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That’s where I come in. As a young person at my sister’s special events, I was the only person who was not a child nor a parent. It is always fun taking pictures of kids – they are not self-conscious, though sometimes rather shy. They experience the day with a joyful presence that we, as adults, could only hope to achieve. I always enjoyed taking photos and documenting the time, and especially when I was able to coax out sweet smiles from kids who initially had been shy and avoiding the camera.

Before long, parents started asking me to come to their special events and offer the same services. This was the beginning of the career in photography that has led me to where I am today, and I’m forever grateful for those first clients who trusted my vision on their special days.

Today I am a photographer who works within a broad spectrum of styles, venues, and events. Much of my work focuses on photojournalism for local print publications, or weddings, or headshots, but family photography and special event photography will always hold a special place in my heart.

So this year, when you’re planning your child’s milestone events, consider this: how will you remember this day? Will it be a few blurry pictures snapped with your phone? Maybe a friend will send you a few candids, if you’re lucky. Or maybe it might just live on as a memory.

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If you’ve gotten this far, and you find yourself considering hiring me for your next special event, know that I understand the importance of these momentous occasions and that I truly enjoy working family events. I love connecting with kids and capturing their true personality while they play or experience the celebrations.

Please contact me via the form at the bottom of this page or email me at isadorapennington@gmail.com to learn more about my rates, packages including prints or photo books, and to book an event today!

In the works…

Well, it certainly has been some time since I last updated this blog. So many things have changed, and I’ve been concentrating my writing on print publications. I thought this might be a good time to give a little update to what kind of work I’ve been doing recently.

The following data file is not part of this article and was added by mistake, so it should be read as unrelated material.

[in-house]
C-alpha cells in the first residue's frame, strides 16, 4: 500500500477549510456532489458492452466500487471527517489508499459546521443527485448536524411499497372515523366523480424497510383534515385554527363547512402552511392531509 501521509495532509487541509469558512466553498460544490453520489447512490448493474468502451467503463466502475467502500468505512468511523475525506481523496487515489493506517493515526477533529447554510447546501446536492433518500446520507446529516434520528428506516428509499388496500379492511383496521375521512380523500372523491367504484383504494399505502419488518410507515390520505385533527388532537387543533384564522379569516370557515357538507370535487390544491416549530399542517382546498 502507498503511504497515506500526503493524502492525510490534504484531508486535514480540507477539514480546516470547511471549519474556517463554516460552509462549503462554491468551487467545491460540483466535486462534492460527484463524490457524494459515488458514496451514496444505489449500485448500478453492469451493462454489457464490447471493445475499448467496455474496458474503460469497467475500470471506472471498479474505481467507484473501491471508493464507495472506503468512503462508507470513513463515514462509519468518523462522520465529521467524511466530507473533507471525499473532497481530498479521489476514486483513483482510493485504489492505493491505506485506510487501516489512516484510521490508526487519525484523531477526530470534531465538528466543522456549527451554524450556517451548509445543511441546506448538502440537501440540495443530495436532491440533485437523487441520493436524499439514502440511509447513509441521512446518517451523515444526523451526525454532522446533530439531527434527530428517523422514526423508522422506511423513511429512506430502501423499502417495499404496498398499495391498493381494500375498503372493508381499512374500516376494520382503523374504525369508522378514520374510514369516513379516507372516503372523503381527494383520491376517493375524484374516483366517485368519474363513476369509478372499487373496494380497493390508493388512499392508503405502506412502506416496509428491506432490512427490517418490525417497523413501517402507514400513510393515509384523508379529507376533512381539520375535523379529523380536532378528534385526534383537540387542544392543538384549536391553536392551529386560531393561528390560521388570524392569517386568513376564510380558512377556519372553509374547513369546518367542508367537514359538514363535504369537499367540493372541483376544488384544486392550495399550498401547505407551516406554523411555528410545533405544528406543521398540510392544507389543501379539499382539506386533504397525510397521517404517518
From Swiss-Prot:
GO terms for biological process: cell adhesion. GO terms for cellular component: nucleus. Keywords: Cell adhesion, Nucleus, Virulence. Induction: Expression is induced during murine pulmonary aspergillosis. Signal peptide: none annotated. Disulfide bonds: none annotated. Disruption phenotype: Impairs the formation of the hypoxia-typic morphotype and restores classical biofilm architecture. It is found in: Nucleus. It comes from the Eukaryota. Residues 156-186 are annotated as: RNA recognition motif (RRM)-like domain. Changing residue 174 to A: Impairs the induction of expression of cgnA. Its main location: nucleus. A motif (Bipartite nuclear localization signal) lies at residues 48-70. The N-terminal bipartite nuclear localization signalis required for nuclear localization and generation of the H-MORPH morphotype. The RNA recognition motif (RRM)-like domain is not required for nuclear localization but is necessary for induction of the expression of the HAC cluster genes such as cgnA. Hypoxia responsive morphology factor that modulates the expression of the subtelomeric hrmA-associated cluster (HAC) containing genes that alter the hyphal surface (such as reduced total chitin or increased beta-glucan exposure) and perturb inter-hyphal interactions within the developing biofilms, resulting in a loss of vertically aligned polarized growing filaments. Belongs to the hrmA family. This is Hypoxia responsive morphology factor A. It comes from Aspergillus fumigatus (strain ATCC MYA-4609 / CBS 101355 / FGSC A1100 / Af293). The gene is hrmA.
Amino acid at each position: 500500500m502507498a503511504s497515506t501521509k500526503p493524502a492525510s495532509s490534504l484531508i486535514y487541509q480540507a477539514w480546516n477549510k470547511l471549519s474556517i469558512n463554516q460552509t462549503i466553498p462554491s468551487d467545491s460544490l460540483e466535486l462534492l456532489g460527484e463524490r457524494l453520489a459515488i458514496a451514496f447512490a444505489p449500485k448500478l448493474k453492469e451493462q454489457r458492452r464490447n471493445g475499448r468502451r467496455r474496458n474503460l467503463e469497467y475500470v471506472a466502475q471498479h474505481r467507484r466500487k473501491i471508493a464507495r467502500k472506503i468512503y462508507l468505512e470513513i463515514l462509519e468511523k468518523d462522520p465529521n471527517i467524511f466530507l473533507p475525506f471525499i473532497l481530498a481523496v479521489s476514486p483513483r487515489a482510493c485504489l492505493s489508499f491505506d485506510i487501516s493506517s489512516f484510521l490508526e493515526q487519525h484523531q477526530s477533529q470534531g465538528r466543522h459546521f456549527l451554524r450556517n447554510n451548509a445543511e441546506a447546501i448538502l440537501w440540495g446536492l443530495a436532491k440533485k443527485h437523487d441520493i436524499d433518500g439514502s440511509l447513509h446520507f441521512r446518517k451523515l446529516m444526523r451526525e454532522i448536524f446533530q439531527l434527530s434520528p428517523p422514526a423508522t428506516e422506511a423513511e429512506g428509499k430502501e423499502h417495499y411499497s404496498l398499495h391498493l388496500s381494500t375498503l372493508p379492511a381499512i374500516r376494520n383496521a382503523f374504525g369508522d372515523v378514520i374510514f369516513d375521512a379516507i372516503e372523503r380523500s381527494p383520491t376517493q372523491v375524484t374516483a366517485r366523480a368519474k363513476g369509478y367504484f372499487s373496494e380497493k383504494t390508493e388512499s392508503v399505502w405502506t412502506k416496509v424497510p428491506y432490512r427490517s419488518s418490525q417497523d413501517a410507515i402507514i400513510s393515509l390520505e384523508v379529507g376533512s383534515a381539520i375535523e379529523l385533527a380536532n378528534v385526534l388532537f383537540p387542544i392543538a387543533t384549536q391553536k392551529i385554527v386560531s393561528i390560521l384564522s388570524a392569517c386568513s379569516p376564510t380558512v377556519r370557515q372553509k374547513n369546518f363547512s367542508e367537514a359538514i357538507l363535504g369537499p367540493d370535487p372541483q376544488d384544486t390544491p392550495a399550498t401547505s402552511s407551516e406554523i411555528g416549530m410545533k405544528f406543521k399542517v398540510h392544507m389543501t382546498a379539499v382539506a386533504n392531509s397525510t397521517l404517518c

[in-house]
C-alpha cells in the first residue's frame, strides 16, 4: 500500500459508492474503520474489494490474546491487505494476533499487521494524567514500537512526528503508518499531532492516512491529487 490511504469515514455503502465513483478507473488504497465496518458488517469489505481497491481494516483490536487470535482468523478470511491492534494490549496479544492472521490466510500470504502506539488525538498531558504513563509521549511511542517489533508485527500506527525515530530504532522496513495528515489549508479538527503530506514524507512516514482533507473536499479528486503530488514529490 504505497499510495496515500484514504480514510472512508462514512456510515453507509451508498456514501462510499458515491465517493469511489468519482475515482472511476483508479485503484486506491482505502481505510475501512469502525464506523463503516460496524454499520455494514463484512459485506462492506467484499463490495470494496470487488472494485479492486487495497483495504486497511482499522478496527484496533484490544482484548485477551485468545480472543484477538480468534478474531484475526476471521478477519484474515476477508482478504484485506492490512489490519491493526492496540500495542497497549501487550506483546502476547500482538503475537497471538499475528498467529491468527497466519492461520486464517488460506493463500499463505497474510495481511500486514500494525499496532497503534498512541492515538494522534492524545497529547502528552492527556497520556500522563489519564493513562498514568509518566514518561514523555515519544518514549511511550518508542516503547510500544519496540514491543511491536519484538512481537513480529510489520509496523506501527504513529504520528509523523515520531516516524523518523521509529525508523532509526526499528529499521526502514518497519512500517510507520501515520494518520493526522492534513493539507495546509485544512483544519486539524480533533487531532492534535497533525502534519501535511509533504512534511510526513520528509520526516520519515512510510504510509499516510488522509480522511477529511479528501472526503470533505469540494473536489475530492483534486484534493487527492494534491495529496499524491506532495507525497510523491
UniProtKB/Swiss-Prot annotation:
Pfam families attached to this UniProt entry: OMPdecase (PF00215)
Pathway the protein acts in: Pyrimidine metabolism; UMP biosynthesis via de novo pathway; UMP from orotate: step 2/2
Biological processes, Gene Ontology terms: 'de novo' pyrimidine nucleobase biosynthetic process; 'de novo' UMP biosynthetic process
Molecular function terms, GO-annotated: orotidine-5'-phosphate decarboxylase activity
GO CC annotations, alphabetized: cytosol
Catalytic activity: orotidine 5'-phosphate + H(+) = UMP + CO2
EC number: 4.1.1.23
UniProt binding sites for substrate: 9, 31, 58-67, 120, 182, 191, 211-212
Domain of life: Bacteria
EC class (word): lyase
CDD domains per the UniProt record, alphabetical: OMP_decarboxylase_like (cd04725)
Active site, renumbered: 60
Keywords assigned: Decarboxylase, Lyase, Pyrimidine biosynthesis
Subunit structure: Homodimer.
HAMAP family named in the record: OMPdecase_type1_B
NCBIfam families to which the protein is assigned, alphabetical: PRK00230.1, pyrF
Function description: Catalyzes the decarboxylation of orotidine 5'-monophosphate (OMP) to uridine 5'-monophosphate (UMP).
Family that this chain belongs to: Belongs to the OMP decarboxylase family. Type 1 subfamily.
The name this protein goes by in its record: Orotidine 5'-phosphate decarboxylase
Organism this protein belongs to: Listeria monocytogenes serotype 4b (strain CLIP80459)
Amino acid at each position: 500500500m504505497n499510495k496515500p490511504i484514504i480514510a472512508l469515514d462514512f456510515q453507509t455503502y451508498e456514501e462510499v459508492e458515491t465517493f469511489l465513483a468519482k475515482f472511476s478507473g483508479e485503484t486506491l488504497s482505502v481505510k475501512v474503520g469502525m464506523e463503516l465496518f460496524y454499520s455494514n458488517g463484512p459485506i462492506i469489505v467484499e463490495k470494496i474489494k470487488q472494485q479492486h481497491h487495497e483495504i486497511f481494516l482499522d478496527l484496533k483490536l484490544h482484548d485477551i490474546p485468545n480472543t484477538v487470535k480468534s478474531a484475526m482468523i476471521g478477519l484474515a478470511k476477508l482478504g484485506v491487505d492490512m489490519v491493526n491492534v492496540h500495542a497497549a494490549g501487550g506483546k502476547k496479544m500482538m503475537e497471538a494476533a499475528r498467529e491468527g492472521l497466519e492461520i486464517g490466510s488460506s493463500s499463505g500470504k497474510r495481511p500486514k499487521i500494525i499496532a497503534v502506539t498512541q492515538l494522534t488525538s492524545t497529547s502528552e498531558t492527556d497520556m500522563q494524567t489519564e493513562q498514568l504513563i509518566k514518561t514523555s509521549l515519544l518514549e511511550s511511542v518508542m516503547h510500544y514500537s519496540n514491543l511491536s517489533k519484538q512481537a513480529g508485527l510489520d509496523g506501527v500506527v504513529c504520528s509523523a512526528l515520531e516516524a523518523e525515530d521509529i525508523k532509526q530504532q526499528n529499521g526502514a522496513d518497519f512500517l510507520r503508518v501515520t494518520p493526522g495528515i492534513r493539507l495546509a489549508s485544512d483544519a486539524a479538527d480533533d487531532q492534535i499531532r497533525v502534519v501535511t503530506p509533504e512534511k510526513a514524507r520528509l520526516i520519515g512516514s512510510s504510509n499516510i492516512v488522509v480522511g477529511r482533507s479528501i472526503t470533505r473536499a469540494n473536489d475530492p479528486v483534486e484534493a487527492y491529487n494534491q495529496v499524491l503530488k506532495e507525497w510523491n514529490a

Not long ago, I started to get into product photography. Perfecting the seamless white background, lighting a variety of different subjects, and staging interesting shots has been a great learning experience for me. I’m happy to say I have developed continuing work relationships with one shop here in town and two local makers. It’s great to know that I’m helping other entrepreneurs make their dreams a reality with my love of photography.

I’ve also been doing a lot of food photography for the paper. Each month, I visit a sequence of my favorite spots to grab a bite in town. It’s pretty radical that this kind of work actually pays my bills, and it’s super fun to get to eat all my favorite goodies from around my city!

Another area that I’ve come back around to is visual artists – I have always had an affinity for the creative process, and I’m fortunate that I’ve been able to get into some artist portraiture for the paper and also for individual clients.

This spring and summer I have also been trying my hand at teaching. It’s something that I always thought that I would enjoy, and I recently had the opportunity to teach photography to adults as well as art classes for kids. For the past 4 weeks I have been teaching an hour art class each week at Treehouse Kid & Craft in Decatur to a group of eight 5 year olds, each lesson based on the work of a famous artist. It’s been a crazy tough challenge to acclimate to working with groups of kids, and I will admit I was really nervous at first, but it’s been really rewarding! This summer I will be teaching summer camps at Treehouse, covering topics like photography, spirit animals, dioramas, and zines!